Europe £IT) Region
Figure 13-4. Regional status of GM crops in developing countries Source: FAO-BioDec (2003).
Near East high in Latin America, its magnitude is lower in Africa, Asia, and Eastern Europe. Not surprisingly, insect pest and pathogen resistance is high on Asia and Latin America's research agendas as well as product quality traits, with Asia leading in numbers. Asia is also leading in the amount of GM crop research for abiotic stresses. In Eastern European countries in transition, research on product quality is highest; whereas tolerance to abiotic stress and herbicide research is comparatively lower (Fig. 13-5).
Cohen et al. (2003) reported that the genes used are mainly "off the shelf," i.e., genes or genetic elements that are already available in commercial products, or that are the property of public research institutes and universities. These are not locally isolated genes, some already being developed by developing countries public sector institutes. Surprisingly, the number of successful projects involving public and private sectors is very low. National work includes many exciting developments, e.g., Chinese public sector researchers isolated 20 new Bt genes, Malaysian researchers isolated a tissue-specific promoter for rubber, Egypgian researchers at the Agricultural Genetic Engineering Research Institute (AGERI) collaborated with Pioneer Hybrid to isolate four corn promoters, and the Egyptian researchers also developed new transformation protocols and regeneration systems for wheat (Cohen et al., 2003). Except for China, no public sector product is close to commercialization. Closest is Egypt with squash and potato, whereas South Africa's GM sugarcane and potato are three to four years away (Cohen et al., 2003).
Insect Pest Resistance
Tolerance to Abiotic Stresses v Traits Multiple Traits
Figure 13-5. Regional distribution of trait groups being researched for GM crops in the pipeline
Source: FAO-BioDec (2003).
As described above, a diverse range of traits and crops are being studied in developing countries. These include staple food such as rice, banana and plantain, fruit crops such as mango and papaya, and tropical industrial crops such as palm oil and coconut. The traits engineered are abiotic stress tolerance such as for drought, salinity, freezing, and aluminum toxicity, important for marginal and small holder farmers (Table 13-2).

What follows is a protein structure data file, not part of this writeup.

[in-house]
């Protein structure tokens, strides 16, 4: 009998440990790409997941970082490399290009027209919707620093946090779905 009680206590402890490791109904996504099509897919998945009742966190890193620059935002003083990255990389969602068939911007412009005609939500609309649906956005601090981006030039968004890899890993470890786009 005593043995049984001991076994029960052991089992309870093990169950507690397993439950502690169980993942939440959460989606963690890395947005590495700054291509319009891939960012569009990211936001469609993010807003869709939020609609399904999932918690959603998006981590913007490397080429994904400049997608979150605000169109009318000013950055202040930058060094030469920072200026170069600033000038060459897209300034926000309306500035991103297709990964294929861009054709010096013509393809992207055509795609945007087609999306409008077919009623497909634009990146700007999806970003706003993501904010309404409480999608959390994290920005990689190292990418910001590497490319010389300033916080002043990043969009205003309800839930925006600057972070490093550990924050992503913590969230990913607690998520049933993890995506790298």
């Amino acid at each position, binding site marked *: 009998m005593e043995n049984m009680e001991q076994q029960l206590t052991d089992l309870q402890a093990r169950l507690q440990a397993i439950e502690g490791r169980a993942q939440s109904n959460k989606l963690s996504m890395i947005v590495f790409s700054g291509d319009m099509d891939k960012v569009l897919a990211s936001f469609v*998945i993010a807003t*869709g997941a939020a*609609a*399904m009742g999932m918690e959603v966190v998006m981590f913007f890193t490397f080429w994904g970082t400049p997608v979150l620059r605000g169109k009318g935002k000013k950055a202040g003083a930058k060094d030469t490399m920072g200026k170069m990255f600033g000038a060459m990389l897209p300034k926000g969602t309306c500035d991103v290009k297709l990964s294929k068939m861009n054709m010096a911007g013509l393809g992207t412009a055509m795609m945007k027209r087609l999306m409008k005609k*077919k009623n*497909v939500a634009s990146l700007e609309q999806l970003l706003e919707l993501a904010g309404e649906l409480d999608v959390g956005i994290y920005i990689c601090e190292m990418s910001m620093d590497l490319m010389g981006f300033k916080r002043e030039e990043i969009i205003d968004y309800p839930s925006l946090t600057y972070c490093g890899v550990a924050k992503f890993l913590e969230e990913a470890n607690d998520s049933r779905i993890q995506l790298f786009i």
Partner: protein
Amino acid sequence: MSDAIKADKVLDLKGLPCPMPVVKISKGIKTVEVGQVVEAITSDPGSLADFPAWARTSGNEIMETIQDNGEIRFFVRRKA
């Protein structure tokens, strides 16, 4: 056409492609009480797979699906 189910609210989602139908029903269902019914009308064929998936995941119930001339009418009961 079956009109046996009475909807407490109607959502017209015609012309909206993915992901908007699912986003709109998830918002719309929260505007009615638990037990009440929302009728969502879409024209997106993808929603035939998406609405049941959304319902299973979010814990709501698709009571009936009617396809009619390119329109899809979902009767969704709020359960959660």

Table 13-2. Some examples of GM crops in the pipeline with traits important for developing country/resource-poor farmers
China, India, Philippines Egypt
Indonesia, Malaysia, Philippines, Thailand, Vietnam
Malaysia and Indonesia
South Africa Zimbabwe
Squash and melon
Mustard Ground nut Papaya
Rice Palm oil Corn
Bananas and plantains
Baking quality (high molecular weight gluten)
Golden mosaic virus resistance
Resistance to bacterial blight Drought tolerance Salinity tolerance
Zucchini yellow mosaic virus resistance
Insect resistance (black diamond moth)
High protein with gene Amal from
High vitamin A
Papaya ringspot virus resistance
Tungro virus resistance Modified oil composition Aluminum tolerance
Virus resistance (banana bunchy top virus, banana bract mosaic virus) Improved fatty acid content Delay ripening
Resistance to papaya ringspot virus Drought tolerance Salinity tolerance Drought and heat tolerance Cowpea mosaic virus Insect resistance
Sources: FAO-BioDeC (2003) and Next Harvest© databases.
Black Spruce, tamarack, white
Disease tolerance, insect
Was this article helpful?